Sewickley man sues police, alleges use of excessive force
A Sewickley man who works for the FBI as a subcontractor claims police officers from three municipalities retaliated against him when he used his cellphone to take pictures of them after he was arrested on suspicion of drunken driving.
Sean McLinden, 58, has a degree in neurology but does computer work for the FBI, said his lawyer, Tim O'Brien.
“This is one of those classic examples of a citizen doing something that is entirely protected under the United States Constitution and suffering retaliation on account of it,” O'Brien said.
McLinden is suing Officer D. Ryan Ging and two other officers identified only by last name, all of Ohio Township; a police sergeant from Bellevue identified only by his last name; and Officer Robert Pies of Robinson.
Solicitors for Robinson and Ohio Township declined comment. The Bellevue solicitor couldn't be reached.
McLinden was returning home after dinner with his wife when he was stopped at a DUI checkpoint, O'Brien said.
A related Commonwealth Court case says he showed signs of intoxication during field sobriety and Breathalyzer tests and refused to take a blood test. O'Brien said he can't find the results of the first two tests and that McLinden was willing to take a blood test at a hospital but not in the on-site trailer.
“He didn't think the conditions were sanitary where they wanted to do it,” he said.
Officers arrested but didn't handcuff McLinden as they placed him in the back of a police SUV, the lawsuit says. When they saw him taking photos of them with his cellphone, they allegedly pulled him out of the vehicle, threw him to the ground and handcuffed him. They then put him back into the SUV, O'Brien said.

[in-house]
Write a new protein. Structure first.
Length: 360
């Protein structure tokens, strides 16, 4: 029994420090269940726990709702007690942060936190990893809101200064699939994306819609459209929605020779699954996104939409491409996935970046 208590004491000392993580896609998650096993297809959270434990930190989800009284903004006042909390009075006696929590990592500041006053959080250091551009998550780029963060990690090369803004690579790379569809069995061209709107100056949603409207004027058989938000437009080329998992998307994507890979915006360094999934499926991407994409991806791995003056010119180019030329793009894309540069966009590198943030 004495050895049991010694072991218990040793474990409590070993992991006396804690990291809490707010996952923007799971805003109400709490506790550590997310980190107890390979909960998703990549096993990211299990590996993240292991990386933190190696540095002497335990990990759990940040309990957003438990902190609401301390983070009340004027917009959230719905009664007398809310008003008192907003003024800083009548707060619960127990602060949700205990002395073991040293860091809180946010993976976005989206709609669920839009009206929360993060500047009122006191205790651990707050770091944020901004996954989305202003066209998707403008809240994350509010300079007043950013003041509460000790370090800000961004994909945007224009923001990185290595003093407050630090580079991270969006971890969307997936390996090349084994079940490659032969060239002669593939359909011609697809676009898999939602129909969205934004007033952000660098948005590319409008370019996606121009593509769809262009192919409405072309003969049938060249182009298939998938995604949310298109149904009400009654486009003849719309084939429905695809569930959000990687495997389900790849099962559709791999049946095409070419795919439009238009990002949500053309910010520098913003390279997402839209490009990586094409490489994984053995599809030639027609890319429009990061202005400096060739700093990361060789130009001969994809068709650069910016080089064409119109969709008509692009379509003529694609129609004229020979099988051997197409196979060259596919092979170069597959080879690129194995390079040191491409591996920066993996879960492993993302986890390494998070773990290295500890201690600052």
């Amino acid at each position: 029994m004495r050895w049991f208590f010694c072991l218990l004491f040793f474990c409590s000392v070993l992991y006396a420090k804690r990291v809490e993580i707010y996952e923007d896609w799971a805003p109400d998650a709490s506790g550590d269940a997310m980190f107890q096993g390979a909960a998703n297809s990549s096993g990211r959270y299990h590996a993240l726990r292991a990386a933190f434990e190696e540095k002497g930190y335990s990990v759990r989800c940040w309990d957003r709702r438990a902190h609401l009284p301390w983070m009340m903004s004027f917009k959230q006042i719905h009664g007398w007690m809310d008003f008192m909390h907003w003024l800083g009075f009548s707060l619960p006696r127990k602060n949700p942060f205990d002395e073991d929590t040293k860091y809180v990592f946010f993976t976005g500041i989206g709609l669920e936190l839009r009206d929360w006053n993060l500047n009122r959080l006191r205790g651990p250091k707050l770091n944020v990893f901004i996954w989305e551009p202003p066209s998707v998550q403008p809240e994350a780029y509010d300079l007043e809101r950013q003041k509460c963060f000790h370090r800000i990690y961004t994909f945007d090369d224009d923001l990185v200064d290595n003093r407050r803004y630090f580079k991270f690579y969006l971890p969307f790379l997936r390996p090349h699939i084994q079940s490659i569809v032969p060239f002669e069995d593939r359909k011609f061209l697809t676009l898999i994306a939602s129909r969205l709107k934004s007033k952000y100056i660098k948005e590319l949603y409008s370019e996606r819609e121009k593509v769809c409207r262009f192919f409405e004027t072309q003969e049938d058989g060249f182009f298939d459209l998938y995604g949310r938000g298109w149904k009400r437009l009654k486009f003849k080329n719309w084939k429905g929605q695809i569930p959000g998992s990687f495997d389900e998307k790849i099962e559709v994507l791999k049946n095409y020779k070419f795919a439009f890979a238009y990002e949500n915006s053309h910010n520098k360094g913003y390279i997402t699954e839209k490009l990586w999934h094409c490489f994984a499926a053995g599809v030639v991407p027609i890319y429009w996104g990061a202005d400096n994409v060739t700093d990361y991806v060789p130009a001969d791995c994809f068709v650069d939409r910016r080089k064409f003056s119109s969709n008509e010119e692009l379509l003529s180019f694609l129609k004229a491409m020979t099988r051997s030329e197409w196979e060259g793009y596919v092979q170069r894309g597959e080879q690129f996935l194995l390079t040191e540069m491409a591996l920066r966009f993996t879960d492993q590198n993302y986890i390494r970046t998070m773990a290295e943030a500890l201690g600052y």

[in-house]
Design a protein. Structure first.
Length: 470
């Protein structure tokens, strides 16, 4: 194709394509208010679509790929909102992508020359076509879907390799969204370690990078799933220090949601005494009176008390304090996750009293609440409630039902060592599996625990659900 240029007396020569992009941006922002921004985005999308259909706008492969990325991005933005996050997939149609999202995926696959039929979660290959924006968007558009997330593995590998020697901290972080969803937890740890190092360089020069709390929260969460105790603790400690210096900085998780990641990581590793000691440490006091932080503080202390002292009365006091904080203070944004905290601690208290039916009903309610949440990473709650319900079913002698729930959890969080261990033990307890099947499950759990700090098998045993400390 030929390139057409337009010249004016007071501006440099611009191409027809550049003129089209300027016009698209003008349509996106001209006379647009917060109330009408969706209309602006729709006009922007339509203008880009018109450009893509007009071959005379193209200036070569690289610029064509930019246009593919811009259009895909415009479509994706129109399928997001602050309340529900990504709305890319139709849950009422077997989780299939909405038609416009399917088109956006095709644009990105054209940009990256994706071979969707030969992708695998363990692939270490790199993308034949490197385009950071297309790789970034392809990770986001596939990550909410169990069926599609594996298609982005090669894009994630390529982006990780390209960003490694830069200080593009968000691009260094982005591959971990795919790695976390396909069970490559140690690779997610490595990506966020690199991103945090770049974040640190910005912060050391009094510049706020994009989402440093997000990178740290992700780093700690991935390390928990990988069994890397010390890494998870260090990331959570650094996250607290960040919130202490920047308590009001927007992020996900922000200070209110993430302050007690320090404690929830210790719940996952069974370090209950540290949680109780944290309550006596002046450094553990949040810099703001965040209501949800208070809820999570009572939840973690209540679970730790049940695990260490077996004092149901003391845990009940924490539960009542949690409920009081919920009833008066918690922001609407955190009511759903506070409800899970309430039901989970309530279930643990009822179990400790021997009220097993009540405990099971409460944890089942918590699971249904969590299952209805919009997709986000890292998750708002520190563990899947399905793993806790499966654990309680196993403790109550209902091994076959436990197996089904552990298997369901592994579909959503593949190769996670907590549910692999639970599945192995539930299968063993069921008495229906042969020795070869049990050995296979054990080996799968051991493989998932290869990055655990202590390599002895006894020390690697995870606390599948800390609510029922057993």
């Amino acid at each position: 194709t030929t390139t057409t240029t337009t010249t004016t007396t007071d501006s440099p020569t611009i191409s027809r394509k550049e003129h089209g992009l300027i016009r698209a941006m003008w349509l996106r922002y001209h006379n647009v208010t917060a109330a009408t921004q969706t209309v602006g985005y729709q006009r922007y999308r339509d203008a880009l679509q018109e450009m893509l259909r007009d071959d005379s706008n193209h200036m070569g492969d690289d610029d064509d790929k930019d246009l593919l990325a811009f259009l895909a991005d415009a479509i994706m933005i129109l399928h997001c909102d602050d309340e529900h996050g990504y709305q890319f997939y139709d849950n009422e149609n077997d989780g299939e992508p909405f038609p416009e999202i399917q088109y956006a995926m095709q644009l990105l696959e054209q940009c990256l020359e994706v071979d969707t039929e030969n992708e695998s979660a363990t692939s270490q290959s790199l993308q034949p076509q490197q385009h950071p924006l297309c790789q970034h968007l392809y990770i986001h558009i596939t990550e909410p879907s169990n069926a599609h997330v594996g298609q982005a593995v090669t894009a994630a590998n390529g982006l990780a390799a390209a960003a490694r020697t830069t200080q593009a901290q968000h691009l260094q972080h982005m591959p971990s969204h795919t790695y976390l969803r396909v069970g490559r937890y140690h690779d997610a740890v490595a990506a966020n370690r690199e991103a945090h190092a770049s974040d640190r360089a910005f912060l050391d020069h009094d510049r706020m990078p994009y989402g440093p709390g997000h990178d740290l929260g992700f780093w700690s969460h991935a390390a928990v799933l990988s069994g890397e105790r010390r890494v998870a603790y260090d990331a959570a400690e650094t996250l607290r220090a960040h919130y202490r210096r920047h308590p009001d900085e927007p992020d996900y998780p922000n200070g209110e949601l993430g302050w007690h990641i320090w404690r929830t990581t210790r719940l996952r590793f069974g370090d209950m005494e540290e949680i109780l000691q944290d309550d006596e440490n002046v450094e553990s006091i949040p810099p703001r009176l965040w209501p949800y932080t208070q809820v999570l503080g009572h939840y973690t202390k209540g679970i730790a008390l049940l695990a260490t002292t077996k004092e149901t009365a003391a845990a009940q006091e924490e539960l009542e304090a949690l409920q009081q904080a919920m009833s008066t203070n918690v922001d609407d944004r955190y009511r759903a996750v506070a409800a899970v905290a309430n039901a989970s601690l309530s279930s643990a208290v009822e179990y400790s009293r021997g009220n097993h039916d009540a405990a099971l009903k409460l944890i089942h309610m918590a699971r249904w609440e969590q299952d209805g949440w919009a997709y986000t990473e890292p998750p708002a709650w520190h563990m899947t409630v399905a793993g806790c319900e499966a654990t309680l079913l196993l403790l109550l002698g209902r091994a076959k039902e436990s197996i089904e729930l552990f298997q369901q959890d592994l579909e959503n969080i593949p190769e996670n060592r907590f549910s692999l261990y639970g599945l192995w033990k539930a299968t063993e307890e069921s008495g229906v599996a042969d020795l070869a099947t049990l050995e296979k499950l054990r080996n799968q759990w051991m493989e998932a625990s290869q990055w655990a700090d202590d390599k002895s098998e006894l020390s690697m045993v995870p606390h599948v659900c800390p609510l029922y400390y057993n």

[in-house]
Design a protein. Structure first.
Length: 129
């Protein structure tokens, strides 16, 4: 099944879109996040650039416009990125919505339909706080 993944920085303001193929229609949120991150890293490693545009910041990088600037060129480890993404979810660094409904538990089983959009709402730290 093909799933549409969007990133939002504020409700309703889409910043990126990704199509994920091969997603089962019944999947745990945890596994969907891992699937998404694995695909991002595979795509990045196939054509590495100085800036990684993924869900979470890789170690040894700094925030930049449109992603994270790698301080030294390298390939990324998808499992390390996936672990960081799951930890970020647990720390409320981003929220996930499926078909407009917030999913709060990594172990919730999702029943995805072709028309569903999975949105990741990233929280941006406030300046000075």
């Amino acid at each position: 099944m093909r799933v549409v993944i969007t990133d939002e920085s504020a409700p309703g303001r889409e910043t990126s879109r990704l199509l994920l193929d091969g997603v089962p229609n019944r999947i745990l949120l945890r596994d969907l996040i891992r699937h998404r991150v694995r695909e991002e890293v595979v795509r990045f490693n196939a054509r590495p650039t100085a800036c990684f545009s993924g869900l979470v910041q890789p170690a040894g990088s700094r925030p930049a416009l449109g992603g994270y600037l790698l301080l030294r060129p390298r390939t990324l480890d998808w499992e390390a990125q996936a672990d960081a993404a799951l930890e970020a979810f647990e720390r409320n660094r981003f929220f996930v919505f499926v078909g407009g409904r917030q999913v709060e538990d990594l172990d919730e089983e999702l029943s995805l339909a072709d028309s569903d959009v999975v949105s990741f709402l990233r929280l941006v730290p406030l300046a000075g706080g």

Sara Rose, a lawyer for the American Civil Liberties Union, said her organization has represented people who recorded police while they were being detained, but can't recall a case where the person was already under arrest.
“I don't think that changes anything,” she said. “I think that what matters is if the person recording is interfering with the police in any way.”
If he was sitting in the SUV and not interfering with the officers, then he had a First Amendment right to record them, she said.
Bruce Ledewitz, a Duquesne University law professor, said there could be a difference because once police arrest someone they have Fourth Amendment control over that person.
“If they said, ‘stop,' and he said, ‘no,' that is resisting arrest,” he said.
On the other hand, “if the reason they're handcuffing him is because he's taking pictures, that's good grounds (for a lawsuit),” he said.
The officers charged McLinden with DUI, disorderly conduct, resisting arrest and destruction of property. O'Brien said the property was some door molding in the police SUV that McLinden knocked off while he was struggling to get upright after the officers threw him, handcuffed, back into the vehicle.
McLinden was admitted to a pretrial diversion program, and the charges eventually were dismissed, O'Brien said.
Brian Bowling is a staff writer for Trib Total Media. He can be reached at 412-325-4301 or firstname.lastname@example.org.